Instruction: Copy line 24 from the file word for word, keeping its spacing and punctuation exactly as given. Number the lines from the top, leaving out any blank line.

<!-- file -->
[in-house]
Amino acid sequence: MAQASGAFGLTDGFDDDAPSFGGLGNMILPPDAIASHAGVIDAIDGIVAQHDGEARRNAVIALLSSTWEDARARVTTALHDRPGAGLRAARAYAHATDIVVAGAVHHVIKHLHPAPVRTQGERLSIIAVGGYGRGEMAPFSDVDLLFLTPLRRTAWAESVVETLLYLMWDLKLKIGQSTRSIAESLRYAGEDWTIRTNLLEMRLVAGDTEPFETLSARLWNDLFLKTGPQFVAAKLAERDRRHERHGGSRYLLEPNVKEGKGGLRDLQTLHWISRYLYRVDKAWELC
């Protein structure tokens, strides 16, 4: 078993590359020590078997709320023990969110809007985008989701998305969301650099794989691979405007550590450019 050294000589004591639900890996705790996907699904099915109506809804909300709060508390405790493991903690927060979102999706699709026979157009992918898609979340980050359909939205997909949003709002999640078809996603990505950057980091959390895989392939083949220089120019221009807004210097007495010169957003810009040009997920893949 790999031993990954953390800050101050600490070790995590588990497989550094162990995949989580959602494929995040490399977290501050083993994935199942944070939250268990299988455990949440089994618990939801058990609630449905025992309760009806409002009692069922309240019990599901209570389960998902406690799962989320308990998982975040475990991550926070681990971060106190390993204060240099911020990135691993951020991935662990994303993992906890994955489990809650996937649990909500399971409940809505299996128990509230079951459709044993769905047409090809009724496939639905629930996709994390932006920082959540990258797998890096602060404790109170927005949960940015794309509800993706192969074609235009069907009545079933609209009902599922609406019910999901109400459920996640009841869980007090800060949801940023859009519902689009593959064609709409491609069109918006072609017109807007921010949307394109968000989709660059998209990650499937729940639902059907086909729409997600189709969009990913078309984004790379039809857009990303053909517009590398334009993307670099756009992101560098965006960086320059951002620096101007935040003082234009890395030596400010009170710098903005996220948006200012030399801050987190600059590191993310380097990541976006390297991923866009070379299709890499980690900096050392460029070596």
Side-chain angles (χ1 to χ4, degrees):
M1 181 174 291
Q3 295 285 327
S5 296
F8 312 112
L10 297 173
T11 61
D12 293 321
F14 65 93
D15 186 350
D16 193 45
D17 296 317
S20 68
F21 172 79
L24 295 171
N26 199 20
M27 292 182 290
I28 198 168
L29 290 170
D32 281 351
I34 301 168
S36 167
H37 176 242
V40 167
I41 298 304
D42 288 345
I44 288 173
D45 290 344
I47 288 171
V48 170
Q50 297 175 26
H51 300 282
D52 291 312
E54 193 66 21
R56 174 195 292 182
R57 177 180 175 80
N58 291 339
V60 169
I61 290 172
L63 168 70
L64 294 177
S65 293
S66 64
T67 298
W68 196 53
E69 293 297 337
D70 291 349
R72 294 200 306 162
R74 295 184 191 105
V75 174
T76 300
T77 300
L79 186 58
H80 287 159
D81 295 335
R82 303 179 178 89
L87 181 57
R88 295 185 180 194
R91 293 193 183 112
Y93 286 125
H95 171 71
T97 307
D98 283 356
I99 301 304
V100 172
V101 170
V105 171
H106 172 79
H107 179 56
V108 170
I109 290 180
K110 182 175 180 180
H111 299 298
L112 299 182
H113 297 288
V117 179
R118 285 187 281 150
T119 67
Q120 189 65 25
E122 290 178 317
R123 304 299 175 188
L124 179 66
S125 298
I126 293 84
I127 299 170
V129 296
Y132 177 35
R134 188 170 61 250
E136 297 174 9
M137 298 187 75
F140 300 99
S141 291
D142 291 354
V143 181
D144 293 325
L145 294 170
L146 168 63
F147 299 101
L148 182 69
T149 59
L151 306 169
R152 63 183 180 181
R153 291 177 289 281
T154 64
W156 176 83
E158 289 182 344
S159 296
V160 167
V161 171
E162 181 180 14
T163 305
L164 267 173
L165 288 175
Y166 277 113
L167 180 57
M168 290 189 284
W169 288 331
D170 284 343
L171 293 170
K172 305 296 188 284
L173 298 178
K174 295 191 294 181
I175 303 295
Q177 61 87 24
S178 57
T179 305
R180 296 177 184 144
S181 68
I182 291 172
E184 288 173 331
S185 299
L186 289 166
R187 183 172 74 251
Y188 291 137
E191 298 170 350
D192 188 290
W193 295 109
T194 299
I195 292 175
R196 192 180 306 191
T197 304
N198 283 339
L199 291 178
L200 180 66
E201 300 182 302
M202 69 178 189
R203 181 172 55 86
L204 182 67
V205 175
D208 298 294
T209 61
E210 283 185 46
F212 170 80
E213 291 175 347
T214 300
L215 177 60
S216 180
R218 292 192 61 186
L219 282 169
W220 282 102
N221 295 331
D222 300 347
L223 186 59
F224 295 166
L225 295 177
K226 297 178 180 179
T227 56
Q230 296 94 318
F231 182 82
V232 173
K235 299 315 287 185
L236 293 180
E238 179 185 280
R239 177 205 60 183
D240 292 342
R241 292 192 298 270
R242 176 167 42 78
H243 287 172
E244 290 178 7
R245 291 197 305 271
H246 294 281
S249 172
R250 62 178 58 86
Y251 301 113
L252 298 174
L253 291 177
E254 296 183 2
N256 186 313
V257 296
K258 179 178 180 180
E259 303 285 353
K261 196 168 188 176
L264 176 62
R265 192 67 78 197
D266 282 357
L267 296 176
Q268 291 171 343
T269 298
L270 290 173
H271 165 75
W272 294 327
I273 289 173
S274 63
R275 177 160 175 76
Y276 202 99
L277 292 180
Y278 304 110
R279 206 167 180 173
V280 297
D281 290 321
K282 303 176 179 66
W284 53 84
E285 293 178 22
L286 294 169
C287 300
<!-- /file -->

I34 301 168